Sometimes we try a new product based purely on the marketing (especially if it includes a celebrity endorsement), and sometimes we only try it after our friends or peers recommend it. While your customers are unlikely to be swayed by a celebrity endorsing your product, real customer testimonials and detailed case studies carry some weight. You would have already seen many companies displaying the logo's of their corporate clients -and short testimonials -on their websites, and they're doing this not to be boastful, but because it establishes trust. Case studies entrench this trust by showing prospective customers how you provided solutions to other organizations, and how they benefited from it. But don’t forget to also give stuff away!

Launch Related Side-Projects

Many organizations dedicate resources to side-projects which somehow relate to their primary industry and/or products, but aren't too far from being experimental playgrounds. However, they do serve a very important purpose: they act as both a testing area for new features and/or products, and they can help position your brand as an authority within your field, while being a passive marketing tool attracting the attention of potential customers. Handsoncode has both a commercial and OSS offering, while still maintaining a side-project directly related to their primary product.

Share Quality Content

An important component of demand generation is discoverability; being visible to people searching for a solution you offer. SEO and SEM help improve this, when supported by the content on your website. Quality always supersedes quantity, so ensure that the type of content you share appeals to both your existing customers, and any potential customers. Pay attention to what type of content generates the most activity amongst your audience, and then dedicate more resources to producing that content.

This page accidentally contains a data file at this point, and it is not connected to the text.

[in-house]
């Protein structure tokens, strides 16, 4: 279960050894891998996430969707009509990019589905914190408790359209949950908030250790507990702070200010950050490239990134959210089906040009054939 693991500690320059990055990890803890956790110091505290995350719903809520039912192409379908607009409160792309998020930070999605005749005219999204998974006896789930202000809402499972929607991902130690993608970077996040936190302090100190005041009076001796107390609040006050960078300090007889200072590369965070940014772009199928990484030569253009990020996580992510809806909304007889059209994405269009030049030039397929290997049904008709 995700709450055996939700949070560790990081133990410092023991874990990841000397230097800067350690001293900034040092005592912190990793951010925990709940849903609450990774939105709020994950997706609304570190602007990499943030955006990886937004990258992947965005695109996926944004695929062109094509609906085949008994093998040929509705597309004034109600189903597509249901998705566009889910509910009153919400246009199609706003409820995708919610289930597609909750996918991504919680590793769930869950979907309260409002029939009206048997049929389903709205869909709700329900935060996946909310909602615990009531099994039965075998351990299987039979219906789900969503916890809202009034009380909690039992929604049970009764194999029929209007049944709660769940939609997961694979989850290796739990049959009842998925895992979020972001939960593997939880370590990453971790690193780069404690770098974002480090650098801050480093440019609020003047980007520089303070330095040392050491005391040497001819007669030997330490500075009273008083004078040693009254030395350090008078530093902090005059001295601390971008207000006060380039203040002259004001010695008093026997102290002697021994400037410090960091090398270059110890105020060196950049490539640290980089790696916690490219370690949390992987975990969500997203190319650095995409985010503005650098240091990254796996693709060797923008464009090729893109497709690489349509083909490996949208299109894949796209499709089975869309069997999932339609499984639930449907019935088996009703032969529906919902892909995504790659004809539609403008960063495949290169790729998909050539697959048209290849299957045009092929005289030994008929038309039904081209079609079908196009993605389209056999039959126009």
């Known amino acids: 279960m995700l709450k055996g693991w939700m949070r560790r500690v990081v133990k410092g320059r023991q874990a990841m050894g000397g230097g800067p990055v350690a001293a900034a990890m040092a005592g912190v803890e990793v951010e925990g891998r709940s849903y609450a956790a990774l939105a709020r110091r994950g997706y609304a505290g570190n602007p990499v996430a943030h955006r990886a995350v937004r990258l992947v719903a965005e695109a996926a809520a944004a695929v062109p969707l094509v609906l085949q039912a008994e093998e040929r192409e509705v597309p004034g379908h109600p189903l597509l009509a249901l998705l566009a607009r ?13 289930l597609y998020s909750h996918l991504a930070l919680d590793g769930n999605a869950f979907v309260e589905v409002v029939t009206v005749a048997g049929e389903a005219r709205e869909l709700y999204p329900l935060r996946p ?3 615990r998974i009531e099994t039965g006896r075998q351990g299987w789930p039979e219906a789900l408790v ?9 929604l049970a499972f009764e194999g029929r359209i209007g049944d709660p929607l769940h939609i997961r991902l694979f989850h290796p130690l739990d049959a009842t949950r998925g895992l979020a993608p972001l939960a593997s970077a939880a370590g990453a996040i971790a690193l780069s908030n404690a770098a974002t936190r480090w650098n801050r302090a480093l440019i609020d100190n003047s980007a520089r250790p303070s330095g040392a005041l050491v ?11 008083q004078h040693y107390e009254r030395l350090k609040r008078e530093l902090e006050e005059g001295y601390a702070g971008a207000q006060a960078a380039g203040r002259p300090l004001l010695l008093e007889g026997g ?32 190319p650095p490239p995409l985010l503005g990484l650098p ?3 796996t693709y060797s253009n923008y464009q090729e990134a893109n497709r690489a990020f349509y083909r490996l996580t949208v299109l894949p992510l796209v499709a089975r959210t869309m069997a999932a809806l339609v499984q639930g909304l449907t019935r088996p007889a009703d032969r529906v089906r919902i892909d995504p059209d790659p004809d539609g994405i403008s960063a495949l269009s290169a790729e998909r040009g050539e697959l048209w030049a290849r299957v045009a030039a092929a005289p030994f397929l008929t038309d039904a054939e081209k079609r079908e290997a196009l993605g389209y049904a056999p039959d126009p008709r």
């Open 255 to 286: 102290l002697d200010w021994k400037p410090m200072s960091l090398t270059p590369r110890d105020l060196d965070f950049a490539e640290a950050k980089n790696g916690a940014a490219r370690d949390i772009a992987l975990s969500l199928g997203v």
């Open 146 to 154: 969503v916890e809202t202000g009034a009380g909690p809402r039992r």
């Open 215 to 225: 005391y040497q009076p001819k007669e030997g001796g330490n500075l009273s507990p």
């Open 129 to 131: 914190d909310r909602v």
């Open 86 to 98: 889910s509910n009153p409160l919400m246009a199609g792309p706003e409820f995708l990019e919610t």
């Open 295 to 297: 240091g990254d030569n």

Talk to Your Customers

The types of challenges businesses face - and the solutions they require - are in a constant state of flux, so it is important that your solution is always optimally positioned to address these. Having an engaging relationship with most of your customers gives you the ability to be able to ask questions relating to this, but it is important that you do this with a broad selection of your customers: at least five customers, and include small through to large organizations. You can use surveys for this purpose too, but only if you have a suitable response rate.

The Benefit of Long-Tail

Long-tail keywords are to discoverability what discoverability is to demand generation. Marieke van de Rakt offers a great explanation of why you should be using long-tail keywords, with one of the key considerations for both B2B and B2C being that:

although these keywords are used less in search, the visitor that finds your website using them is more likely to buy your service or product.

Remember Email Marketing

Email marketing has a rather checkered past, and is still looked down upon by some marketers. But done correctly, email marketing can deliver impressive results, with an average ROI of $38 for every $1 spent. Remember:

  • It is easier to personalize email marketing through segmentation and automation
  • Automation is now a key-feature of email marketing, and much more accessible to smaller businesses.
  • Because it is permission-based marketing, you are engaging with people who are already interested in your product(s).

Conclusion

The results you see from each of these suggestions will differ according to your audience, which is why it is recommended to experiment by implementing a few of them, and adjusting them until you’re happy with the results. And if you’re already using some of these in your business, let us know which, and how they have impacted on your performance.